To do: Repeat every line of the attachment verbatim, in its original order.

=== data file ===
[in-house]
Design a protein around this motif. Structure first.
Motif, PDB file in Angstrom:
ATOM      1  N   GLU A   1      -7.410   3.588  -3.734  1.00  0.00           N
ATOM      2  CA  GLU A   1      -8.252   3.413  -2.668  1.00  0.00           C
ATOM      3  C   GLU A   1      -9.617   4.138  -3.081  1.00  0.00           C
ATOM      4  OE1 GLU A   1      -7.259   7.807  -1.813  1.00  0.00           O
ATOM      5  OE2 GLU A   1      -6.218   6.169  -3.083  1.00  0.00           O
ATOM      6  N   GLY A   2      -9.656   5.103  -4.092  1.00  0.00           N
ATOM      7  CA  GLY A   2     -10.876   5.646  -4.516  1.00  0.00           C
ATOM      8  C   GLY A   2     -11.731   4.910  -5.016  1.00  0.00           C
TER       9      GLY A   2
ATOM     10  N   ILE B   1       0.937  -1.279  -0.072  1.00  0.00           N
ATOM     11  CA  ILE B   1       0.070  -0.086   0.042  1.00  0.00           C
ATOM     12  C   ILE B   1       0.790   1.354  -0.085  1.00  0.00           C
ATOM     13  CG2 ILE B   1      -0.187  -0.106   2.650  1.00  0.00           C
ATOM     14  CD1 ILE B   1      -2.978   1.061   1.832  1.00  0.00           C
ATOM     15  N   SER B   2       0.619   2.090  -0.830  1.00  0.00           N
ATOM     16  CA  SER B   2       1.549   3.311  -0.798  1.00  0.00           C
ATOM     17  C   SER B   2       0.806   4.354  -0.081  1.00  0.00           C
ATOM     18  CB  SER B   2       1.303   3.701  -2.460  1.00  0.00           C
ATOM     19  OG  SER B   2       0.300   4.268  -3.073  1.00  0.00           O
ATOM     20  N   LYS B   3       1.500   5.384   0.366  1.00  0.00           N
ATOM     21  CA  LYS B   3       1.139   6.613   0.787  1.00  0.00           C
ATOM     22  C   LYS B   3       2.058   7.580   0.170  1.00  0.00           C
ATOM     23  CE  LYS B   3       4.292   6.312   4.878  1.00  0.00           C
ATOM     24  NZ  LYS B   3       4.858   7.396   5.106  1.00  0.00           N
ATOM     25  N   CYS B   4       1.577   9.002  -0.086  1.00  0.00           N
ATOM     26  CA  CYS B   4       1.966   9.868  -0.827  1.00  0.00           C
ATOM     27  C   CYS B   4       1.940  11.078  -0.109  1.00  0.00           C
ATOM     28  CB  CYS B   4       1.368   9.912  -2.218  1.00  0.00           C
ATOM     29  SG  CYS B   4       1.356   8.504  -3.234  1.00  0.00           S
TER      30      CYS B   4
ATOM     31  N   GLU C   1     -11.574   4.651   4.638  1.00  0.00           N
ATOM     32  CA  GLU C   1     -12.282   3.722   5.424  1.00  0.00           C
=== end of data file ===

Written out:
[in-house]
Design a protein around this motif. Structure first.
Motif, PDB file in Angstrom:
ATOM      1  N   GLU A   1      -7.410   3.588  -3.734  1.00  0.00           N
ATOM      2  CA  GLU A   1      -8.252   3.413  -2.668  1.00  0.00           C
ATOM      3  C   GLU A   1      -9.617   4.138  -3.081  1.00  0.00           C
ATOM      4  OE1 GLU A   1      -7.259   7.807  -1.813  1.00  0.00           O
ATOM      5  OE2 GLU A   1      -6.218   6.169  -3.083  1.00  0.00           O
ATOM      6  N   GLY A   2      -9.656   5.103  -4.092  1.00  0.00           N
ATOM      7  CA  GLY A   2     -10.876   5.646  -4.516  1.00  0.00           C
ATOM      8  C   GLY A   2     -11.731   4.910  -5.016  1.00  0.00           C
TER       9      GLY A   2
ATOM     10  N   ILE B   1       0.937  -1.279  -0.072  1.00  0.00           N
ATOM     11  CA  ILE B   1       0.070  -0.086   0.042  1.00  0.00           C
ATOM     12  C   ILE B   1       0.790   1.354  -0.085  1.00  0.00           C
ATOM     13  CG2 ILE B   1      -0.187  -0.106   2.650  1.00  0.00           C
ATOM     14  CD1 ILE B   1      -2.978   1.061   1.832  1.00  0.00           C
ATOM     15  N   SER B   2       0.619   2.090  -0.830  1.00  0.00           N
ATOM     16  CA  SER B   2       1.549   3.311  -0.798  1.00  0.00           C
ATOM     17  C   SER B   2       0.806   4.354  -0.081  1.00  0.00           C
ATOM     18  CB  SER B   2       1.303   3.701  -2.460  1.00  0.00           C
ATOM     19  OG  SER B   2       0.300   4.268  -3.073  1.00  0.00           O
ATOM     20  N   LYS B   3       1.500   5.384   0.366  1.00  0.00           N
ATOM     21  CA  LYS B   3       1.139   6.613   0.787  1.00  0.00           C
ATOM     22  C   LYS B   3       2.058   7.580   0.170  1.00  0.00           C
ATOM     23  CE  LYS B   3       4.292   6.312   4.878  1.00  0.00           C
ATOM     24  NZ  LYS B   3       4.858   7.396   5.106  1.00  0.00           N
ATOM     25  N   CYS B   4       1.577   9.002  -0.086  1.00  0.00           N
ATOM     26  CA  CYS B   4       1.966   9.868  -0.827  1.00  0.00           C
ATOM     27  C   CYS B   4       1.940  11.078  -0.109  1.00  0.00           C
ATOM     28  CB  CYS B   4       1.368   9.912  -2.218  1.00  0.00           C
ATOM     29  SG  CYS B   4       1.356   8.504  -3.234  1.00  0.00           S
TER      30      CYS B   4
ATOM     31  N   GLU C   1     -11.574   4.651   4.638  1.00  0.00           N
ATOM     32  CA  GLU C   1     -12.282   3.722   5.424  1.00  0.00           C